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Futures Movers: Oil prices turn higher as traders weigh risks to supply from the Russia-Ukraine crisis

Oil futures edged lower Wednesday, after sanctions against Russia were seen doing little to crimp supplies of crude.

Price action

West Texas Intermediate crude for April delivery
CL.1,
-0.73%

CL00,
-0.25%

CLJ22,
-0.25%

fell 30 cents, or 0.3%, to $91.61 a barrel on the New York Mercantile Exchange.

April Brent crude
BRNJ22,
-0.11%

the global benchmark, was down 20 cents, or 0.2%, at $96.64 a barrel on ICE Futures Europe a day after logging the highest finish for a front-month contract since Sept. 29. 2014.

March natural-gas futures
NGH22,
+1.18%

rose 0.6% to $4.525 per million British thermal units.

Market drivers

Crude was lifted Tuesday as investors reacted to Russian President Vladimir Putin’s decision to deploy troops to separatist regions of Ukraine, fanning fears of a full-scale invasion and prompting the announcement of sanctions by the U.S. and its allies against Moscow.

But analysts said the measures announced, and remarks by Biden administration officials, have lowered concerns about sanctions affecting the flow of crude oil.

“The sanctions announced so far have underwhelmed commodity markets. As a result, oil failed to break this key level and instead gave back a lot of its recent gains,” said Warren Patterson, head of commodities strategy at ING, in a note.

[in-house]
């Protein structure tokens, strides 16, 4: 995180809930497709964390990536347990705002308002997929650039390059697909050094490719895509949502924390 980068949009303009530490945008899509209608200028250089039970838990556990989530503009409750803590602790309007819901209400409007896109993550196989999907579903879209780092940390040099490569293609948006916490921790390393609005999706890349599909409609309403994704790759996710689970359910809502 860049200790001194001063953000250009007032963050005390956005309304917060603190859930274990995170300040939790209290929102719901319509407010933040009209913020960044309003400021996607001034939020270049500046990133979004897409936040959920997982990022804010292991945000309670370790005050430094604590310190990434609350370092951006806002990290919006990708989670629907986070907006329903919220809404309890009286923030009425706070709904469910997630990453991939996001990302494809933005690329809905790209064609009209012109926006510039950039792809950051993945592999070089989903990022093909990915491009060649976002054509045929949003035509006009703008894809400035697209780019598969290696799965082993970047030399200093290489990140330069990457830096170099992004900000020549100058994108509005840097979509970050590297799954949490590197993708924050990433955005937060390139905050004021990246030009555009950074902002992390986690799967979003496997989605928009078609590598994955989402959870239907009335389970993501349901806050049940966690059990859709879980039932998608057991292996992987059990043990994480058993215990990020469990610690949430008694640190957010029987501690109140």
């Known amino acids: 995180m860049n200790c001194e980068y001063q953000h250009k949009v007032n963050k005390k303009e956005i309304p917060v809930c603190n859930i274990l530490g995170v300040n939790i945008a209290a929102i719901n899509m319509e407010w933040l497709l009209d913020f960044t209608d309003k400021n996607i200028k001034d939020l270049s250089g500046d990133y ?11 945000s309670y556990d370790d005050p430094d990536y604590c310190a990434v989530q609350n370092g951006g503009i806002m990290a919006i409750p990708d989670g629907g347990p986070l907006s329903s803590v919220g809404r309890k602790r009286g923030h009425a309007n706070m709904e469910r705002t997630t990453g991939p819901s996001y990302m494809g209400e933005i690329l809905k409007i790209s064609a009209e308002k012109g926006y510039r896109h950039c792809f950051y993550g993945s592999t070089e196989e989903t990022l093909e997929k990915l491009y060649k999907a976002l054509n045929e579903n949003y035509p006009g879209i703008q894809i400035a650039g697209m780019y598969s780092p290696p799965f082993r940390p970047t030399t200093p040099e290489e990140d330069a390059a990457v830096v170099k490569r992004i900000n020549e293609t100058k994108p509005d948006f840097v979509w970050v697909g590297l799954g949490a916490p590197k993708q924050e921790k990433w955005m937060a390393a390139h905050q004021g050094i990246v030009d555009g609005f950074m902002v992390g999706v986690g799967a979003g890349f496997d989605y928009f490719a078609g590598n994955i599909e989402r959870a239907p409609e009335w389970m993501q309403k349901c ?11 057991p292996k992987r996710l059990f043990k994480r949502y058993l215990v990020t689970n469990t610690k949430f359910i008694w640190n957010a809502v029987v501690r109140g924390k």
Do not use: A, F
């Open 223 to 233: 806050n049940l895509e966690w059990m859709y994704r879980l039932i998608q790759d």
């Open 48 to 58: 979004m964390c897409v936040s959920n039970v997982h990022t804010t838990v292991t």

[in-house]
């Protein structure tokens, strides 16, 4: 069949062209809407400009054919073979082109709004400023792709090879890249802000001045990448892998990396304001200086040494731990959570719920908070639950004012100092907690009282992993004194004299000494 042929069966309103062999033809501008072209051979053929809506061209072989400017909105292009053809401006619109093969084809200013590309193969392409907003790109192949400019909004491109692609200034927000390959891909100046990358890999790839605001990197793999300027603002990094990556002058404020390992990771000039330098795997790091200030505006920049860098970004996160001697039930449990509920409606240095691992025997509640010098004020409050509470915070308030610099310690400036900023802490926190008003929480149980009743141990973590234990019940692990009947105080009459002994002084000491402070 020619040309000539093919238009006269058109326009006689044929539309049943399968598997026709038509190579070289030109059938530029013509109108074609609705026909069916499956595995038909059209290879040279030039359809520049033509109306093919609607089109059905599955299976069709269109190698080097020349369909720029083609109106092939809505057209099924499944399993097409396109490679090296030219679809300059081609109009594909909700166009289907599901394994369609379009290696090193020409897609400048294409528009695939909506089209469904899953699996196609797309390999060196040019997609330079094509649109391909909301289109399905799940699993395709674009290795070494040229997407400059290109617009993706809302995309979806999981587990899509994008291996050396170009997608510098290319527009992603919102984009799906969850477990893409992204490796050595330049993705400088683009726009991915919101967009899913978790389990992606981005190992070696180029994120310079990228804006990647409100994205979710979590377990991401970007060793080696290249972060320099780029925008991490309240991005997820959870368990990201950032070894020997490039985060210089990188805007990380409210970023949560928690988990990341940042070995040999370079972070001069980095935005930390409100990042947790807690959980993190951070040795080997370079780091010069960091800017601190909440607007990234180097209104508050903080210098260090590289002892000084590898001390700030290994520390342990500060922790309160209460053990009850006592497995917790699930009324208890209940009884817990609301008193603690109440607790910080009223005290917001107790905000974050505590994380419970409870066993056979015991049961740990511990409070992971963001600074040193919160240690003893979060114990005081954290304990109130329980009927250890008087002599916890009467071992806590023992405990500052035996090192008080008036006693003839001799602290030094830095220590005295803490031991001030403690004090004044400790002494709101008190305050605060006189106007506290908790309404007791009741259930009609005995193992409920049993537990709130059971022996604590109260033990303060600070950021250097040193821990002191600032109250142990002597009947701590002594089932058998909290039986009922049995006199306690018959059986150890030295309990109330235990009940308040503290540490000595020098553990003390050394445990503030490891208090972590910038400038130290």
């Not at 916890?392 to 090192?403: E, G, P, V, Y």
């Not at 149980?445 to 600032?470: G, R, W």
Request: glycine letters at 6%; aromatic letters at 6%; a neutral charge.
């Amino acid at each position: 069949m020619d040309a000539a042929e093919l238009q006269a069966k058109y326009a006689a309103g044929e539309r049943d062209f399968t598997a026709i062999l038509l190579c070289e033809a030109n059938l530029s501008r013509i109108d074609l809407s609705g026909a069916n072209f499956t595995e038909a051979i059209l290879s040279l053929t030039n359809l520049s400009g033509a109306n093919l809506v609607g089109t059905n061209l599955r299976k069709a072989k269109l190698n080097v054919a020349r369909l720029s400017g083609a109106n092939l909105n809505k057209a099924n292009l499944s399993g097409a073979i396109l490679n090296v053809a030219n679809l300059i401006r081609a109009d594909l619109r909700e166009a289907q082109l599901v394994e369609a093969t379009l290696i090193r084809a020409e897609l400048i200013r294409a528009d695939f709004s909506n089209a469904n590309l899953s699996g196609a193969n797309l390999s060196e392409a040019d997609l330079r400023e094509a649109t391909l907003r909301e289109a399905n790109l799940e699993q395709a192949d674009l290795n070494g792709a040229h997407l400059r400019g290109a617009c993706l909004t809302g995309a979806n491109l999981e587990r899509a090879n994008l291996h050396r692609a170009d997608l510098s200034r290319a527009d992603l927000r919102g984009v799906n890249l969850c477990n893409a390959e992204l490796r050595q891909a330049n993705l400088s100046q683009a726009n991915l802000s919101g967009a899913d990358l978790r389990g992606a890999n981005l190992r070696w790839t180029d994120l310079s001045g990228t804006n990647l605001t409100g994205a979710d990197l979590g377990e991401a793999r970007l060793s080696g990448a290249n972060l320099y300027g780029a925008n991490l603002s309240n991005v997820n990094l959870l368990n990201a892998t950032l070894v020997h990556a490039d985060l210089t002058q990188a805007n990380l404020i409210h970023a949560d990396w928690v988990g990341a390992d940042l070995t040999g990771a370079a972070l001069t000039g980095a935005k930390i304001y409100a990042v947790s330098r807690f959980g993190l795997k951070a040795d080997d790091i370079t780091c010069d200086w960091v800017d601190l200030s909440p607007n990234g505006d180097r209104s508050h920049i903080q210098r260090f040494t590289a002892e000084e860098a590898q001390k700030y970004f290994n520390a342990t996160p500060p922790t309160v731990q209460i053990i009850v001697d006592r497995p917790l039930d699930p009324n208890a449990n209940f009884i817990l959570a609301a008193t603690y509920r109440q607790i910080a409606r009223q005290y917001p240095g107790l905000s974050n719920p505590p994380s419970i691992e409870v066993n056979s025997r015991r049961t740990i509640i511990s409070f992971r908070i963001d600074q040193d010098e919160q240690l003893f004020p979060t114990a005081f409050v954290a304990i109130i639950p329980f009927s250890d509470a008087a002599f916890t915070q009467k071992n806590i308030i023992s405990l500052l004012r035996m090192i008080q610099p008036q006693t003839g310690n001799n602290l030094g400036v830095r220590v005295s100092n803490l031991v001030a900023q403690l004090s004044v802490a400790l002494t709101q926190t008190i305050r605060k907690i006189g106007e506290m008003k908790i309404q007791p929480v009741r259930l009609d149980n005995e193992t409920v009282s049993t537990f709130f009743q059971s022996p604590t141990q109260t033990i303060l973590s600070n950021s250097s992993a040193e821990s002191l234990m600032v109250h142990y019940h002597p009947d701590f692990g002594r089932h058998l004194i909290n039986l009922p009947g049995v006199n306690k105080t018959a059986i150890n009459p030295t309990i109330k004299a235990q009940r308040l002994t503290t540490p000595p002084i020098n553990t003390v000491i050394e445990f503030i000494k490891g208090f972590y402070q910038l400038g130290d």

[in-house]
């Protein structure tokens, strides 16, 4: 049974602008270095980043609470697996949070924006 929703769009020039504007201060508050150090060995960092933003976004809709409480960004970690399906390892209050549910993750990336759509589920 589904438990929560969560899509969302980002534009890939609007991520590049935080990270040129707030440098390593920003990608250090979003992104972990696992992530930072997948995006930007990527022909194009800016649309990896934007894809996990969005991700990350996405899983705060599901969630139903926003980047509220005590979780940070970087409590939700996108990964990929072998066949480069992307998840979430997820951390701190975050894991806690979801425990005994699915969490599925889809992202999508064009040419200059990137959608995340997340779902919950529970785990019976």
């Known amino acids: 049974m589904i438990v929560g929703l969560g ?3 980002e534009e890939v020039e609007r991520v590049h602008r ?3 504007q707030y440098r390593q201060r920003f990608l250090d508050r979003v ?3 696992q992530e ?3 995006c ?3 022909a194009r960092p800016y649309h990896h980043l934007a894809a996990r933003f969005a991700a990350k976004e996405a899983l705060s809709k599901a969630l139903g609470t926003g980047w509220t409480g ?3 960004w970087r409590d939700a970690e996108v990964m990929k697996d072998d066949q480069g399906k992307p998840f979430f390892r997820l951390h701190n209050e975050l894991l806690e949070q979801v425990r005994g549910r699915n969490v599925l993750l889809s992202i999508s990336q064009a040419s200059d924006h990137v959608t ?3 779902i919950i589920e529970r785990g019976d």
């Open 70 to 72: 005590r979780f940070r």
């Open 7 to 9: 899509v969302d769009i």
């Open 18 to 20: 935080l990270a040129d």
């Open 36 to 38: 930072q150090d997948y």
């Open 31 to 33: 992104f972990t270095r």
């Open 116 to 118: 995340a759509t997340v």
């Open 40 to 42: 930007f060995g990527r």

President Joe Biden on Tuesday said the U.S. was sanctioning two Russian banks as well as the country’s sovereign debt, as he blamed Moscow for what he called the beginning of an invasion of Ukraine. Germany halted the certification of the Nord Stream 2 pipeline, which was slated to boost flows of natural gas from Russia to Western Europe.

According to news reports, a senior State Department official said the sanctions announced Tuesday and in the near future wouldn’t target oil and gas flows.

“Sanctions announced up until now should not have much impact on Russian oil exports,” Patterson said. “Local banks which are heavily involved within the commodities industry have been left untouched.”

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